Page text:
Thomas F. Torrance, "The Deposit of Faith," Scottish Journal of Theology 36 (1983): 1-28; #1983-423
Torrance, Thomas F. "The Deposit of Faith." Scottish Journal of Theology 36, no. 1 (1983): 1-28; #1983-423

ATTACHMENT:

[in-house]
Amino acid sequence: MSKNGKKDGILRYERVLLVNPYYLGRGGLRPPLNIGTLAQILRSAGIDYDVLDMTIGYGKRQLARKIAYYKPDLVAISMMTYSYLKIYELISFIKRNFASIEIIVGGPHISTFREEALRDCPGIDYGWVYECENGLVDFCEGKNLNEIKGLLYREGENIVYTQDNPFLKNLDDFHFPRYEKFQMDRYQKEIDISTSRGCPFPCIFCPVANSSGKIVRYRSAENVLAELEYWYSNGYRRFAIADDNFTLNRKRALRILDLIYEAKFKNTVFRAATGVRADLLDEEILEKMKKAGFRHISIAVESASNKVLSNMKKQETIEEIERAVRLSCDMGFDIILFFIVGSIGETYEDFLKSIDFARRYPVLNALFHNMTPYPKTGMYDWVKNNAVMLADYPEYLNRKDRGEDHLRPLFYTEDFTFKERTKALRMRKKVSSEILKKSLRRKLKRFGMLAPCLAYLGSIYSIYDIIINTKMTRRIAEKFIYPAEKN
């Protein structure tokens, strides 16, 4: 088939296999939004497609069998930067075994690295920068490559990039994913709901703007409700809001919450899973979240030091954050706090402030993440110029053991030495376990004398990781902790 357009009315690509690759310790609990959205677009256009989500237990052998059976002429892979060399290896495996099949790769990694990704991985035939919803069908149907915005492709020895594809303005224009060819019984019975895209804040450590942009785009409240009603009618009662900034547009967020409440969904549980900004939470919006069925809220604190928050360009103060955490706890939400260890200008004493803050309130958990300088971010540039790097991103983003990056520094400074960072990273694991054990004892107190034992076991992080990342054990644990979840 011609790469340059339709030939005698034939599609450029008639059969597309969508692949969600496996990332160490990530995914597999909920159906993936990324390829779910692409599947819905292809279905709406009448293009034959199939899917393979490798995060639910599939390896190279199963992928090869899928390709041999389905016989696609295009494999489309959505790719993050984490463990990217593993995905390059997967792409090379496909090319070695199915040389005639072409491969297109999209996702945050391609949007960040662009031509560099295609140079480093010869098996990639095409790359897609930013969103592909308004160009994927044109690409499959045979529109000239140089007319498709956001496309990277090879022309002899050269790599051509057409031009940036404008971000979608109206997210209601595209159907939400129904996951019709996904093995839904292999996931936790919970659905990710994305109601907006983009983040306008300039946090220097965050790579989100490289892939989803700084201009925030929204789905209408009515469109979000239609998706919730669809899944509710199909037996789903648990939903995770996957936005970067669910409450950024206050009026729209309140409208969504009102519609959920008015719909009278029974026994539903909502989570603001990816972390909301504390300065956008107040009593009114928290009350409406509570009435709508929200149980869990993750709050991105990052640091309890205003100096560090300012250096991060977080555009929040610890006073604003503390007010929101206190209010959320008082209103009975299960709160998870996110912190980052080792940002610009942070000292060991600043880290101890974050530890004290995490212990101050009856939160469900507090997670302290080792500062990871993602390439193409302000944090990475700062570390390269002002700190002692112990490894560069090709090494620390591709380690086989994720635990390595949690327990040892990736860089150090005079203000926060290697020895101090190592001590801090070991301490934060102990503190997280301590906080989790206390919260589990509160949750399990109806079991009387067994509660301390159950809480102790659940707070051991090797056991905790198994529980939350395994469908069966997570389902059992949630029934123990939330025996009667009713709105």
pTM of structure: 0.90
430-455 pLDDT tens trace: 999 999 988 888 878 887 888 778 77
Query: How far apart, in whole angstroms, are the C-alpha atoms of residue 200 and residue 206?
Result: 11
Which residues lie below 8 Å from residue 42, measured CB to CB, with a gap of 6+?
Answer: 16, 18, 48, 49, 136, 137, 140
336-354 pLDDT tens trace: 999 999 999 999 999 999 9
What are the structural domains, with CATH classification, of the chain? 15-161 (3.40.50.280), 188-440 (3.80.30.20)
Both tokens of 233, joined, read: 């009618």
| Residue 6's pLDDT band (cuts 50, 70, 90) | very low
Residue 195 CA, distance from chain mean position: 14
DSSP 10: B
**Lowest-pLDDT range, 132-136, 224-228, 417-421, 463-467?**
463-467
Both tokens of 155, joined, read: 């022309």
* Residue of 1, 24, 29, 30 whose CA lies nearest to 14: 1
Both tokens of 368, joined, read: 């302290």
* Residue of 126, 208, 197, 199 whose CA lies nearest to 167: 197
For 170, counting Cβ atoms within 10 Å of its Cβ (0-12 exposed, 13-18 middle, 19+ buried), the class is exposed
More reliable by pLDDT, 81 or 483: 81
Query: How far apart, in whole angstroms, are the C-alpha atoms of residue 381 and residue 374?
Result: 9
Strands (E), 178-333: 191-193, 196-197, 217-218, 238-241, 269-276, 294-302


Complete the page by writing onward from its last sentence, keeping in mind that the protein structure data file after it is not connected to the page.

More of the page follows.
Blaise Pascal once pointed out in connection with mathematical demonstration that it is impossible to operate only with explicit propositions or definitions, for whenever we seek to define the meaning of something in precise terms we have to make use of other terms which for this purpose must themselves remain undefined. Michael Polanyi has shown that this applies no less to all acts of knowledge whether in everyday life or in rigorous scientific inquiry, for any formal account of what we know rests upon a base of informal undefined knowledge, from which it cannot be cut off without becoming empty and useless. This means that a complete formalisation of knowledge in explicit terms is impossible. A cognate reason for this is to be discerned in the fact that in objective knowledge the realities we seek to know inevitably break through any frame of concepts and statements which we use to describe them even though they are developed under the constraint of those realities. Concepts and statements of this kind do not have their truth in themselves but in the realities to which they refer. Hence if we are to do justice to the integrity and nature of the objects of our knowledge we must discriminate them from our knowing of them, and let them confer relativity upon our concepts and statements about them. Thus in all authentic knowledge we have to take into account an informal undefined knowledge grounded in the inherent intelligibility of what we know and must constantly find appropriate ways of letting it exercise a regulative force in all our explicit formulations of it.